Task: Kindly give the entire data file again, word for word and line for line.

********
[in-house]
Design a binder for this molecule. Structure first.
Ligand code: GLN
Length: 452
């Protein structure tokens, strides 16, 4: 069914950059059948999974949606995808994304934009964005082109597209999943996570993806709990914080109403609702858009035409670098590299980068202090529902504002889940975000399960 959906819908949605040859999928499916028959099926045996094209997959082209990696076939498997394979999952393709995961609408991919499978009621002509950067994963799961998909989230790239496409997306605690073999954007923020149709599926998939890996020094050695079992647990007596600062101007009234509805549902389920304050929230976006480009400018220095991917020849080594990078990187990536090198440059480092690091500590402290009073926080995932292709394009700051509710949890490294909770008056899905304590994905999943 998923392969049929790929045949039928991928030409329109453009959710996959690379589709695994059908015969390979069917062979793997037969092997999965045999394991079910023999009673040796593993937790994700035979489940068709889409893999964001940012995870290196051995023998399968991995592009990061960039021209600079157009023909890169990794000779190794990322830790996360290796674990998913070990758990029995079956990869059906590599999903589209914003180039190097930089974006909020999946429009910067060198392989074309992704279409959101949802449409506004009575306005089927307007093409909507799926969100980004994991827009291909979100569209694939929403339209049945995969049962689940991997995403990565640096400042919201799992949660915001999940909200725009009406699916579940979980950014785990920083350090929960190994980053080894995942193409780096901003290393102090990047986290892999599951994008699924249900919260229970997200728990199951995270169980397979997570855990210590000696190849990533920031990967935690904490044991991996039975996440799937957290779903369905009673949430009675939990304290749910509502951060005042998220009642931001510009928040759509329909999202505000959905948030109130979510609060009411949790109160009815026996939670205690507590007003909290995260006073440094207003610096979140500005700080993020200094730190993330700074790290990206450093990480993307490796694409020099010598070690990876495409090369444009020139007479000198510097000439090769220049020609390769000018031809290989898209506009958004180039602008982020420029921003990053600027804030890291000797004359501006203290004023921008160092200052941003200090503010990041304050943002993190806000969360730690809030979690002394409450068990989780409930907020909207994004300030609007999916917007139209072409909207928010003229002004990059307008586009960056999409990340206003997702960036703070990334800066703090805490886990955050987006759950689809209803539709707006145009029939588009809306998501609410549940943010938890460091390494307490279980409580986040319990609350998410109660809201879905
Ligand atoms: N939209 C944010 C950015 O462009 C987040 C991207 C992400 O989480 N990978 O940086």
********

[in-house]
Design a binder for this molecule. Structure first.
Ligand code: GLN
Length: 452
């Protein structure tokens, strides 16, 4: 069914950059059948999974949606995808994304934009964005082109597209999943996570993806709990914080109403609702858009035409670098590299980068202090529902504002889940975000399960 959906819908949605040859999928499916028959099926045996094209997959082209990696076939498997394979999952393709995961609408991919499978009621002509950067994963799961998909989230790239496409997306605690073999954007923020149709599926998939890996020094050695079992647990007596600062101007009234509805549902389920304050929230976006480009400018220095991917020849080594990078990187990536090198440059480092690091500590402290009073926080995932292709394009700051509710949890490294909770008056899905304590994905999943 998923392969049929790929045949039928991928030409329109453009959710996959690379589709695994059908015969390979069917062979793997037969092997999965045999394991079910023999009673040796593993937790994700035979489940068709889409893999964001940012995870290196051995023998399968991995592009990061960039021209600079157009023909890169990794000779190794990322830790996360290796674990998913070990758990029995079956990869059906590599999903589209914003180039190097930089974006909020999946429009910067060198392989074309992704279409959101949802449409506004009575306005089927307007093409909507799926969100980004994991827009291909979100569209694939929403339209049945995969049962689940991997995403990565640096400042919201799992949660915001999940909200725009009406699916579940979980950014785990920083350090929960190994980053080894995942193409780096901003290393102090990047986290892999599951994008699924249900919260229970997200728990199951995270169980397979997570855990210590000696190849990533920031990967935690904490044991991996039975996440799937957290779903369905009673949430009675939990304290749910509502951060005042998220009642931001510009928040759509329909999202505000959905948030109130979510609060009411949790109160009815026996939670205690507590007003909290995260006073440094207003610096979140500005700080993020200094730190993330700074790290990206450093990480993307490796694409020099010598070690990876495409090369444009020139007479000198510097000439090769220049020609390769000018031809290989898209506009958004180039602008982020420029921003990053600027804030890291000797004359501006203290004023921008160092200052941003200090503010990041304050943002993190806000969360730690809030979690002394409450068990989780409930907020909207994004300030609007999916917007139209072409909207928010003229002004990059307008586009960056999409990340206003997702960036703070990334800066703090805490886990955050987006759950689809209803539709707006145009029939588009809306998501609410549940943010938890460091390494307490279980409580986040319990609350998410109660809201879905
Ligand atoms: N939209 C944010 C950015 O462009 C987040 C991207 C992400 O989480 N990978 O940086």